Apesar do termo científico ser volição, a expressão coloquial força de vontade parece ser muito mais acertada do que se imaginava.
Pesquisas mais atuais sugerem que há uma energia volitiva, sujeita à fadiga, e não uma simples habilidade. O experimento original - e um tanto “cruel” - era o seguinte:
In the first part of the trial, Baumeister kept the 67 study participants in a room that smelled of freshly baked chocolate cookies and then teased them further by showing them the actual treats alongside other chocolate-flavored confections. While some did get to indulge their sweet tooth, the subjects in the experimental condition, whose resolves were being tested, were asked to eat radishes instead. And they weren’t happy about it. As the scientists noted in their Journal of Personality and Social Psychology paper two years later (PDF), many of the radish-eaters “exhibit[ed] clear interest in the chocolates, to the point of looking longingly at the chocolate display and in a few cases even picking up the cookies to sniff at them.”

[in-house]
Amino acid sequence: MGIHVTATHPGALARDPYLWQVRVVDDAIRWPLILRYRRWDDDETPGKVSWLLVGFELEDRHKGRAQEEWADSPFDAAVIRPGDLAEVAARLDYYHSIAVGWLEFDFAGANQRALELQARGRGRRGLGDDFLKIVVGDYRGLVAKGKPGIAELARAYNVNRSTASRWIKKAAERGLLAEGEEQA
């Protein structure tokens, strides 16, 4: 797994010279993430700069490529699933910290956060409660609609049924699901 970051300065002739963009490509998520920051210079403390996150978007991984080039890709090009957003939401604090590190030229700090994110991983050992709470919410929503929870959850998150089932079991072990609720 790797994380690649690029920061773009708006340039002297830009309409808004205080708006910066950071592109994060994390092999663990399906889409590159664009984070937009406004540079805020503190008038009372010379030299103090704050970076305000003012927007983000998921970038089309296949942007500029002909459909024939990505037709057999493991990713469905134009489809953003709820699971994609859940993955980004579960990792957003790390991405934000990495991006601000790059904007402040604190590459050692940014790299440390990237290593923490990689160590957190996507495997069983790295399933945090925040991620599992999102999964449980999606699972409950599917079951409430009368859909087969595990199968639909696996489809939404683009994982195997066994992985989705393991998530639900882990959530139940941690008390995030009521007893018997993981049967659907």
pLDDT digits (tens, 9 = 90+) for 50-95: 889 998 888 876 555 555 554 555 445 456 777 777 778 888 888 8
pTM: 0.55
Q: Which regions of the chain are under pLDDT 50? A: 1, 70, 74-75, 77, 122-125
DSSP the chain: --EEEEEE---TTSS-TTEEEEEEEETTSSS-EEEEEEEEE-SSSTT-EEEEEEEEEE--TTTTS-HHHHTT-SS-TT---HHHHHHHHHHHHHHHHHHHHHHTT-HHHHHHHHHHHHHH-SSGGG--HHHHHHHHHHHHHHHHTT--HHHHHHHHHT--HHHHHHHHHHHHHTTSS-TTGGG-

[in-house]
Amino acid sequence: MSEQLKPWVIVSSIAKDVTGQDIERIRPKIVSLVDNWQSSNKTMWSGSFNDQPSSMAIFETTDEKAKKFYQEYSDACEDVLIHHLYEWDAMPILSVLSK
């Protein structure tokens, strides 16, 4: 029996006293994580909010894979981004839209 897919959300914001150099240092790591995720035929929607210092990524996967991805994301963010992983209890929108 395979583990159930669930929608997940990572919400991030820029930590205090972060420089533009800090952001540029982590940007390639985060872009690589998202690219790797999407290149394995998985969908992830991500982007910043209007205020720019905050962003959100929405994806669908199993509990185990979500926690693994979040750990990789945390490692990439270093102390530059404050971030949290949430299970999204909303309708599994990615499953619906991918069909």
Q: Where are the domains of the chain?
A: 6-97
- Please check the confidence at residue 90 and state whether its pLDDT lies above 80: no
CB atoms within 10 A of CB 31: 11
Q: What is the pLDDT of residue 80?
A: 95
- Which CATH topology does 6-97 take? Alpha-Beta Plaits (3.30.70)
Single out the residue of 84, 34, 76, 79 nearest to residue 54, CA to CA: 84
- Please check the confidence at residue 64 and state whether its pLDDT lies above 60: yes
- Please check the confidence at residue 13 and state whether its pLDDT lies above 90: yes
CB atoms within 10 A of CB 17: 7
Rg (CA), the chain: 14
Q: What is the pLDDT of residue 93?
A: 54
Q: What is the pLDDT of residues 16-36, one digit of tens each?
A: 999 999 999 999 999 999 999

After the food bait-and-switch, Baumeister’s team gave the participants a second, supposedly unrelated exercise, a persistence-testing puzzle. The effect of the manipulation was immediate and undeniable. Those who ate radishes made far fewer attempts and devoted less than half the time solving the puzzle compared to the chocolate-eating participants and a control group that only joined this latter phase of the study. In other words, those who had to resist the sweets and force themselves to eat pungent vegetables could no longer find the will to fully engage in another torturous task. They were already too tired.
Ou seja, como uma força qualquer, pode ser exaurida ao fazer várias tarefas, que a seu turno podem ser mais, ou menos, dispendiosas. Um resultado muito interessante, e que abre diversas possibilidades de estudo sobre o comportamento humano.